Oil development has attracted populations of opportunistic predators including Arctic fox, ravens, and gulls, which feed on nesting birds. The predators use oil infrastructure, which ranges from drilling platforms to road culverts, to build their nests or dens. In this study researchers found one bird species, the Lapland longspur, lost significantly more nests in areas closer to oil development than farther away. Nests beyond 5 kilometers (3.11 miles) from oil development remained unaffected by predators.
Other birds, including red and red-necked phalaropes, may also be feeling impacts from predators, though data was less strong than with longspurs. At the same time, other species tested did not show an effect. Authors believe this may be due to high natural variation in nesting success across years and between sites.
The study appears in the September issue of the journal Ecological Applications. Authors include: Joe Liebezeit and Steve Zack of the Wildlife Conservation Society; S.J. Kendall, P. Martin and D.C. Payer of the U.S. Fish and Wildlife Service; S. Brown of Manomet Center for Conservation Sciences; C.B. Johnson and A.M. Wildman of ABR, Inc; T.L. McDonald of West, Inc.; C.L. Rea of ConocoPhillips Alaska, Inc.; and B. Streever of BP Exploration (Alaska), Inc.
The authors monitored nearly 2,000 nests of 17 passerine and shorebird species over a four-year period. Birds from five continents migrate to the Arctic each year to nest.
“This is the first study specifically designed to evaluate the so-called oil ‘footprint’ effect in the Arctic on nesting birds,” said the study’s lead author, Joe Liebezeit of the Wildlife Conservation Society. “The study was also unique in that it was a collaborative effort among conservation groups, industry, and federal scientists.”
The impetus for this study stemmed from previous evidence suggesting predators have increased in the oil fields near Prudhoe Bay.
“The findings of this study shed new light on growing concerns about oil development impacts to wildlife in the Alaskan Arctic, an immense region that, outside of Prudhoe Bay, is still largely undisturbed by humans and home to vast herds of caribou, the threatened polar bear, and millions of breeding birds,” said Jodi Hilty, Director of the Wildlife Conservation Society’s North America Programs.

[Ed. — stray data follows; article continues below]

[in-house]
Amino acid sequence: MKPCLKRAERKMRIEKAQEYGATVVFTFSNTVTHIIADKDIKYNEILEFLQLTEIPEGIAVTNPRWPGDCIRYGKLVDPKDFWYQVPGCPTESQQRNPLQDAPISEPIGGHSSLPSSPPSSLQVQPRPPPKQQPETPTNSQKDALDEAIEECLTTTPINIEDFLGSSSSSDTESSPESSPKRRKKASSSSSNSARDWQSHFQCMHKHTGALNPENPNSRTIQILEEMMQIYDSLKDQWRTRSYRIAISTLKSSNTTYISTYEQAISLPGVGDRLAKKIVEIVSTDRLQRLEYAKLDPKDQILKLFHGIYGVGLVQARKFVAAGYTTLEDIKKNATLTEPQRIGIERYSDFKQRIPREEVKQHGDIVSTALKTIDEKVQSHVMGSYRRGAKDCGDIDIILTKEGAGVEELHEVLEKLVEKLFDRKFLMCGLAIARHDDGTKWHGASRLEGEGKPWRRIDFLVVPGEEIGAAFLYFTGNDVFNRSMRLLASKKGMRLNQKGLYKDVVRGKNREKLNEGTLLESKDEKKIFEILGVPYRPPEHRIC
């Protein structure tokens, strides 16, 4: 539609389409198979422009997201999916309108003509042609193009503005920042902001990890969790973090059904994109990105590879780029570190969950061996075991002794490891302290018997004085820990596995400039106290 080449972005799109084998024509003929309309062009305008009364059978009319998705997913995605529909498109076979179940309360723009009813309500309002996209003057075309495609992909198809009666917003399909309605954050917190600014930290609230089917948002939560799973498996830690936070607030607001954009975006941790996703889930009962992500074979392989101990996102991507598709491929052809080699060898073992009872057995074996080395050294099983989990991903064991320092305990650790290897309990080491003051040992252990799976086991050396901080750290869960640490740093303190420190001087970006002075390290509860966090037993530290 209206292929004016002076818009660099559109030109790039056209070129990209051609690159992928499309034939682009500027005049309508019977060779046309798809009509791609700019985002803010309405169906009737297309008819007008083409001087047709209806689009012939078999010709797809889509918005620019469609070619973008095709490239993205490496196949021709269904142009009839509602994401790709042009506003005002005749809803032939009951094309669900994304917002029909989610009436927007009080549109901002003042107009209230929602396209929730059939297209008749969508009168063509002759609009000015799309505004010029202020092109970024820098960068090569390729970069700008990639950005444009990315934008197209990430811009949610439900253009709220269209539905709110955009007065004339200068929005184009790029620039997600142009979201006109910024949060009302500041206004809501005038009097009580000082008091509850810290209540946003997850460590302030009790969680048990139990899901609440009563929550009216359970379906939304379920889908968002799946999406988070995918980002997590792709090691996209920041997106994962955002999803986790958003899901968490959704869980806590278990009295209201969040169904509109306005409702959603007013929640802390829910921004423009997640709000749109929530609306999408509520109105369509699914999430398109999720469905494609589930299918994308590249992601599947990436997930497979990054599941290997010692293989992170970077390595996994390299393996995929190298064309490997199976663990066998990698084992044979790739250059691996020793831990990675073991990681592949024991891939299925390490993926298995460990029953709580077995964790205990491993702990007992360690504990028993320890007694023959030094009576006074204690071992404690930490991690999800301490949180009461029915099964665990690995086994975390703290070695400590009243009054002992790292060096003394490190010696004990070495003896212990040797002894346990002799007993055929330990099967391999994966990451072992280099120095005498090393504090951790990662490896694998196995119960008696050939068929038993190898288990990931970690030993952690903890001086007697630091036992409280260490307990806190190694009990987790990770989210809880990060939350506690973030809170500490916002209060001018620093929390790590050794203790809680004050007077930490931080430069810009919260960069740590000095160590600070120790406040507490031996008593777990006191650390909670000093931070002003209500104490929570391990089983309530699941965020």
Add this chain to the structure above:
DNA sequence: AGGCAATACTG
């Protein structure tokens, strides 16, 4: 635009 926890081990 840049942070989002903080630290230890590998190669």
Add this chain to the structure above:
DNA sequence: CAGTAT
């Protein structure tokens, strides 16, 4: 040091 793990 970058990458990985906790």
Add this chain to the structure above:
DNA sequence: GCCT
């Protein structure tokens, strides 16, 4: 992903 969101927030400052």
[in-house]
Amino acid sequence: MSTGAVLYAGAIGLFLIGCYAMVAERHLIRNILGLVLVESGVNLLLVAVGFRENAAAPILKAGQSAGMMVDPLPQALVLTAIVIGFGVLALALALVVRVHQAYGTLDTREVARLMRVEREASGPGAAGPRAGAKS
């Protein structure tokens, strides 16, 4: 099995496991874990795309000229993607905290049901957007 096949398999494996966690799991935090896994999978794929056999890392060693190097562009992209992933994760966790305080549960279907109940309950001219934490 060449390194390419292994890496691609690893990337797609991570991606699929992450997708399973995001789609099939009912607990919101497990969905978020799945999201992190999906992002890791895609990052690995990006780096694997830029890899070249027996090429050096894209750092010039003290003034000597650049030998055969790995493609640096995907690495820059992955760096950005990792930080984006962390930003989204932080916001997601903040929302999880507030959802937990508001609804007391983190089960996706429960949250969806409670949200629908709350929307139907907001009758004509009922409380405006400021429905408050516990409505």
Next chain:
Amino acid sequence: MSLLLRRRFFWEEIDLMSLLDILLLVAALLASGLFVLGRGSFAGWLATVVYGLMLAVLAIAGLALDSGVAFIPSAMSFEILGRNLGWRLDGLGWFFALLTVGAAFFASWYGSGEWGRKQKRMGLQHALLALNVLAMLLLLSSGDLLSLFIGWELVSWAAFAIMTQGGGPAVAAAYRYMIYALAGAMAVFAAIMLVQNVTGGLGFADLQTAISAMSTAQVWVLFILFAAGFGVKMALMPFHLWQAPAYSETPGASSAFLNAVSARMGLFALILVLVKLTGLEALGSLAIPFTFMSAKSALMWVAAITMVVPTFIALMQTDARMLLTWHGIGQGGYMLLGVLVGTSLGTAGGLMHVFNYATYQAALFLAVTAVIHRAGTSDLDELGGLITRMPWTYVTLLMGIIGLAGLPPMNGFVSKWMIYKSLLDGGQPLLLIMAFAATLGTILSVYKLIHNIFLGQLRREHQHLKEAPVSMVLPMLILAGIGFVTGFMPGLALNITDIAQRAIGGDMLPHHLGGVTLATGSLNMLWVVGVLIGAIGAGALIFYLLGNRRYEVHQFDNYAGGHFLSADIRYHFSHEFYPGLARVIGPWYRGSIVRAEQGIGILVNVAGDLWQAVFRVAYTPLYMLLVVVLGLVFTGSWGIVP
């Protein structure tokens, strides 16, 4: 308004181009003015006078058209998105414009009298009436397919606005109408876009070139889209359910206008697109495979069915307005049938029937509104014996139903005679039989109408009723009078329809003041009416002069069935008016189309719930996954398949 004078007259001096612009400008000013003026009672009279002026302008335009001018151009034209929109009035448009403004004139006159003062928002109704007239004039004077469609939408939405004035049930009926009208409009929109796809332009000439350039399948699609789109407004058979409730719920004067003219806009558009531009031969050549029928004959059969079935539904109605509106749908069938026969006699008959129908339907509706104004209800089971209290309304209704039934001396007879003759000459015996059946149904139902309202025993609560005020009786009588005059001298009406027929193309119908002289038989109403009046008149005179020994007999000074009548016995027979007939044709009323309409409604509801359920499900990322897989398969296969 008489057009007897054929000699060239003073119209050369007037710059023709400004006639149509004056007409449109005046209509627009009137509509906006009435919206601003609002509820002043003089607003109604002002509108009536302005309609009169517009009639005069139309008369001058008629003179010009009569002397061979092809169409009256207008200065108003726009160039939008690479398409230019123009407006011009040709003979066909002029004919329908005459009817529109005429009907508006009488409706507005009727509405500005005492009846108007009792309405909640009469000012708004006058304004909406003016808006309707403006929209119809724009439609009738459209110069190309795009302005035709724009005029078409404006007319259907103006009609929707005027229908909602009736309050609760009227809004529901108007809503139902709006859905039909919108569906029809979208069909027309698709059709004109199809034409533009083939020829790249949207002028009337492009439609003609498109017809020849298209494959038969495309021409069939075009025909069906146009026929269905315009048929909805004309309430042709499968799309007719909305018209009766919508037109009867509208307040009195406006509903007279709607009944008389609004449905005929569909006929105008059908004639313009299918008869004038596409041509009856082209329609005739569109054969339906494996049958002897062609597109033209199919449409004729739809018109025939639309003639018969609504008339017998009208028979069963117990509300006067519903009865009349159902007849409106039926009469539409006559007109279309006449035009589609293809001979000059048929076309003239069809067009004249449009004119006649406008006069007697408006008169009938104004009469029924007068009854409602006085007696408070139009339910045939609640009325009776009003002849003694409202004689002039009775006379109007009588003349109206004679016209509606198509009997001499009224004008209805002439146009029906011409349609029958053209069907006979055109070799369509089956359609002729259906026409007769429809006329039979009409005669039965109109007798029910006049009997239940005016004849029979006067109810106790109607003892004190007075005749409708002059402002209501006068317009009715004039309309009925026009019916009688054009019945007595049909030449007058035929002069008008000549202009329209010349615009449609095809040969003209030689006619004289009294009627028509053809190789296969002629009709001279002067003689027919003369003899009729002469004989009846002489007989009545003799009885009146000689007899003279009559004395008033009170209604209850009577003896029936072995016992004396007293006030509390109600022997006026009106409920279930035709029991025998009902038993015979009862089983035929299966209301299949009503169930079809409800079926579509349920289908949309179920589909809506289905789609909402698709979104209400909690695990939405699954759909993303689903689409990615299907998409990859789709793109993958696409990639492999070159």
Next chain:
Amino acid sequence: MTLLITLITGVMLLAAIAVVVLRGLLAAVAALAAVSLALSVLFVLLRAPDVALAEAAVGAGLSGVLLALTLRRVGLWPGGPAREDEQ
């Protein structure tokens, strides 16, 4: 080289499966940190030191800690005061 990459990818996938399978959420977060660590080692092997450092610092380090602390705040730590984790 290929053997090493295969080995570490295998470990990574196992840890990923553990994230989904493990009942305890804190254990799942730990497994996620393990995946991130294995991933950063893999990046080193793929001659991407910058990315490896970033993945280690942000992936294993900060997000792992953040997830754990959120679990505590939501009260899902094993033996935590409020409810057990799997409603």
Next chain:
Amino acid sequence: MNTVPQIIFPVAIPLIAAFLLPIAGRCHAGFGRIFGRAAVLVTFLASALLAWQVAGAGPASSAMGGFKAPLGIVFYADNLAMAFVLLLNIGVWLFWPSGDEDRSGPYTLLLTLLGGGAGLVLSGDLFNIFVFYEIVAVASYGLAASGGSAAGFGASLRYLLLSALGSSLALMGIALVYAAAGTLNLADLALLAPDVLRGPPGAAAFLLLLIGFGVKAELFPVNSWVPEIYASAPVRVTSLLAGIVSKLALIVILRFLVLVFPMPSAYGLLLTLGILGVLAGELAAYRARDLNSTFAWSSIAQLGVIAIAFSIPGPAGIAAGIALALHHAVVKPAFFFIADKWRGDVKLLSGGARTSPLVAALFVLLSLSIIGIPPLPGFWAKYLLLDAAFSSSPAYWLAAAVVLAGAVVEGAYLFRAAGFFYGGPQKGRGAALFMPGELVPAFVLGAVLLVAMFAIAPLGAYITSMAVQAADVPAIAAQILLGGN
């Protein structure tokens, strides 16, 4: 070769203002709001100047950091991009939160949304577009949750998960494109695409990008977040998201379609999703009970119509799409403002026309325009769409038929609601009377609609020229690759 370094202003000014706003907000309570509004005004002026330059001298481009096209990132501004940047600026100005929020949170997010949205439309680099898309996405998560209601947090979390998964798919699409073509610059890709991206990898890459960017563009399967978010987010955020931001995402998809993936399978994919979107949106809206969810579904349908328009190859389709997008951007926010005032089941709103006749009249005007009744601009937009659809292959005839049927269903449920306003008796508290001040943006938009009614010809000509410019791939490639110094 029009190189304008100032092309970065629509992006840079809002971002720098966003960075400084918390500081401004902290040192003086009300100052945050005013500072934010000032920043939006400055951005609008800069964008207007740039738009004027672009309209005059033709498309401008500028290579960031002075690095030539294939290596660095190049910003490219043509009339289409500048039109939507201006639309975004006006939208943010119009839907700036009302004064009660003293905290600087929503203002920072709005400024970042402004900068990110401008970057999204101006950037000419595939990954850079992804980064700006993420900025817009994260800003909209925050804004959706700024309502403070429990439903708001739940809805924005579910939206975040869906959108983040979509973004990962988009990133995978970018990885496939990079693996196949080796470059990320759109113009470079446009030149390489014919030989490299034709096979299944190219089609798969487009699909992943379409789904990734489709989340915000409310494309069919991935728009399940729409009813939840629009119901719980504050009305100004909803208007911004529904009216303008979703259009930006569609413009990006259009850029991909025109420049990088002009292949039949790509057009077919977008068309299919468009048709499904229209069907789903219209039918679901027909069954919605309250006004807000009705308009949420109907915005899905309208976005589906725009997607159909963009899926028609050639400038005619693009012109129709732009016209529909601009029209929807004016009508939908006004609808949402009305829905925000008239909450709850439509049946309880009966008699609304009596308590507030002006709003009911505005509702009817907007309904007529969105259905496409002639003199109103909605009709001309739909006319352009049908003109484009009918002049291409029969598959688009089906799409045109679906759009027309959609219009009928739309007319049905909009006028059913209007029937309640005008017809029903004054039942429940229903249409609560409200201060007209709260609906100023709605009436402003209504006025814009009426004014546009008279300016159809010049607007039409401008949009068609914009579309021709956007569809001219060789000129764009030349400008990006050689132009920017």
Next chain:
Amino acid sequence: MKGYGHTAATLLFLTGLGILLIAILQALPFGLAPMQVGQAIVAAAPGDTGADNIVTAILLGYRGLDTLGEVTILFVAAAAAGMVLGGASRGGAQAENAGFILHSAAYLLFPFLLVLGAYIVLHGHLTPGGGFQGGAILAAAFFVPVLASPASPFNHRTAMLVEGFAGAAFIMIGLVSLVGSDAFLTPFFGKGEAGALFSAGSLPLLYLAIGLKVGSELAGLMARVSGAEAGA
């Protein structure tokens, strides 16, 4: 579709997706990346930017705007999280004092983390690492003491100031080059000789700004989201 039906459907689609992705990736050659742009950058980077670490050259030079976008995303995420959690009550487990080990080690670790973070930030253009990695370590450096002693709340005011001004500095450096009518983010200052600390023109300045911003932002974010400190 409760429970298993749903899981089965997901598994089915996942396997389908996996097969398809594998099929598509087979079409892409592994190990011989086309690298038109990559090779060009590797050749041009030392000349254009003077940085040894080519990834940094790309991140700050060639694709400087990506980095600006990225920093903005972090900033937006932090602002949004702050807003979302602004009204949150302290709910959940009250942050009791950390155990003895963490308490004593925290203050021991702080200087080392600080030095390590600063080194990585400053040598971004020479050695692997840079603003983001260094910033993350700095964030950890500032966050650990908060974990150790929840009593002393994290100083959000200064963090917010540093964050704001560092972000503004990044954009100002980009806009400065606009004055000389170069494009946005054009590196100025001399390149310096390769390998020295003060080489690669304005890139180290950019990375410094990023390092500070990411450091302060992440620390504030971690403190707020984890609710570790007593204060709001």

WCS is engaged in separate studies in remote areas of the western Arctic, evaluating where wildlife protection would be most effective in advance of development.
“Our interest is in ensuring a balance of both wildlife protection in key areas and helping industry minimize potential impacts to wildlife as they begin to pursue development in western Arctic Alaska,” said Steve Zack, coauthor and Coordinator of the Arctic Program for WCS. “This study helps inform industry on some consequences of development.”
The Wildlife Conservation Society saves wildlife and wild places worldwide. We do so through science, global conservation, education and the management of the world's largest system of urban wildlife parks, led by the flagship Bronx Zoo. Together these activities change attitudes towards nature and help people imagine wildlife and humans living in harmony. WCS is committed to this mission because it is essential to the integrity of life on Earth. Visit: www.wcs.org
Special Note to the Media: If you would like to guide your readers or viewers to a web link where they can make donations in support of helping save wildlife and wild places, please direct them to: www.wcs.org/donation
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A study in the journal Bulletin of Marine Science describes a new, blood-red species of octocoral found in Panama. The species in the genus Thesea was discovered in the threatened low-light reef environment on Hannibal Bank, 60 kilometers off mainland Pacific Panama, by researchers at the Smithsonian Tropical Research Institute in Panama (STRI) and the Centro de Investigación en Ciencias del Mar y Limnología (CIMAR) at the University of Costa Rica.
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